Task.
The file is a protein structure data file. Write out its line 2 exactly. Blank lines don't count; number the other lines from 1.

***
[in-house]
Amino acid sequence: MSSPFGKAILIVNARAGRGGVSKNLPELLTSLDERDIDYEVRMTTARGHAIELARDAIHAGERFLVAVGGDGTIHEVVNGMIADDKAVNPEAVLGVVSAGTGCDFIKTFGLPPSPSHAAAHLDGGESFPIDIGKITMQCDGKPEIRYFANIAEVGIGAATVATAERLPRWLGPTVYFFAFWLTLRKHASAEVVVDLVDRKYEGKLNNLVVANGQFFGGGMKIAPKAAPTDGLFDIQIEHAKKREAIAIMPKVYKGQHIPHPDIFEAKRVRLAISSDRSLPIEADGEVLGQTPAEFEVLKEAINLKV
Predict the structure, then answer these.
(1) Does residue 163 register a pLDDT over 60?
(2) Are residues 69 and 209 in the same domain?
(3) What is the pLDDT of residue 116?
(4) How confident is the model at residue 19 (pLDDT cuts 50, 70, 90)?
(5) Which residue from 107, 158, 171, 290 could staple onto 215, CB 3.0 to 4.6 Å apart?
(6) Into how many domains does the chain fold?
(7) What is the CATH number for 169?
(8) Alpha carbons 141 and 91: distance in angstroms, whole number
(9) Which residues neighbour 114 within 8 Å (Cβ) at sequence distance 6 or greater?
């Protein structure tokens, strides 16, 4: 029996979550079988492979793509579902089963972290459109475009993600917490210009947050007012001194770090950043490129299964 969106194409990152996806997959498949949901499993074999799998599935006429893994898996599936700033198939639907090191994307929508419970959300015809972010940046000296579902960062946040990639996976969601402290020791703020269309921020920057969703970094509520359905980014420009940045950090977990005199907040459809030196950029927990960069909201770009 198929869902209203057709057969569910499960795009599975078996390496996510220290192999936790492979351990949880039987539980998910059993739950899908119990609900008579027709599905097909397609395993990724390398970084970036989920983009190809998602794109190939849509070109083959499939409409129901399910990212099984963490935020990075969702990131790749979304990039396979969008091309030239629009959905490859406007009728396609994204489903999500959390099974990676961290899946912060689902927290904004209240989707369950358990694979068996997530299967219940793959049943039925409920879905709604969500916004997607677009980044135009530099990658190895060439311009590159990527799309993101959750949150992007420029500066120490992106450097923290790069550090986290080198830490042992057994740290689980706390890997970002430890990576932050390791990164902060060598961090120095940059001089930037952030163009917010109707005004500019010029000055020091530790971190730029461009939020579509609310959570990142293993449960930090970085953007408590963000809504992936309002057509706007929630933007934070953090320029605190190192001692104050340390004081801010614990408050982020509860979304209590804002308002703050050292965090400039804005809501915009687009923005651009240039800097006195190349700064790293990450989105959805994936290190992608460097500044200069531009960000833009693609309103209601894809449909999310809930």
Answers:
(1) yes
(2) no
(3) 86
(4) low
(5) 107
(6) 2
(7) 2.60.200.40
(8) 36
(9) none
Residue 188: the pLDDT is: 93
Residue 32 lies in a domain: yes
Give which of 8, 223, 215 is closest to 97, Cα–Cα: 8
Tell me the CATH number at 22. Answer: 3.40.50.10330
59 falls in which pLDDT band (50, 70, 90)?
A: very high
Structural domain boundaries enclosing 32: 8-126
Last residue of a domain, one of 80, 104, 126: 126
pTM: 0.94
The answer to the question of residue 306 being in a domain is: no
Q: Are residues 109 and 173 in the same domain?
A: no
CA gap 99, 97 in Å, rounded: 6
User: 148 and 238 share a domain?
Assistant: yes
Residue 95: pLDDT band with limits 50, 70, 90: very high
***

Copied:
Amino acid sequence: MSSPFGKAILIVNARAGRGGVSKNLPELLTSLDERDIDYEVRMTTARGHAIELARDAIHAGERFLVAVGGDGTIHEVVNGMIADDKAVNPEAVLGVVSAGTGCDFIKTFGLPPSPSHAAAHLDGGESFPIDIGKITMQCDGKPEIRYFANIAEVGIGAATVATAERLPRWLGPTVYFFAFWLTLRKHASAEVVVDLVDRKYEGKLNNLVVANGQFFGGGMKIAPKAAPTDGLFDIQIEHAKKREAIAIMPKVYKGQHIPHPDIFEAKRVRLAISSDRSLPIEADGEVLGQTPAEFEVLKEAINLKV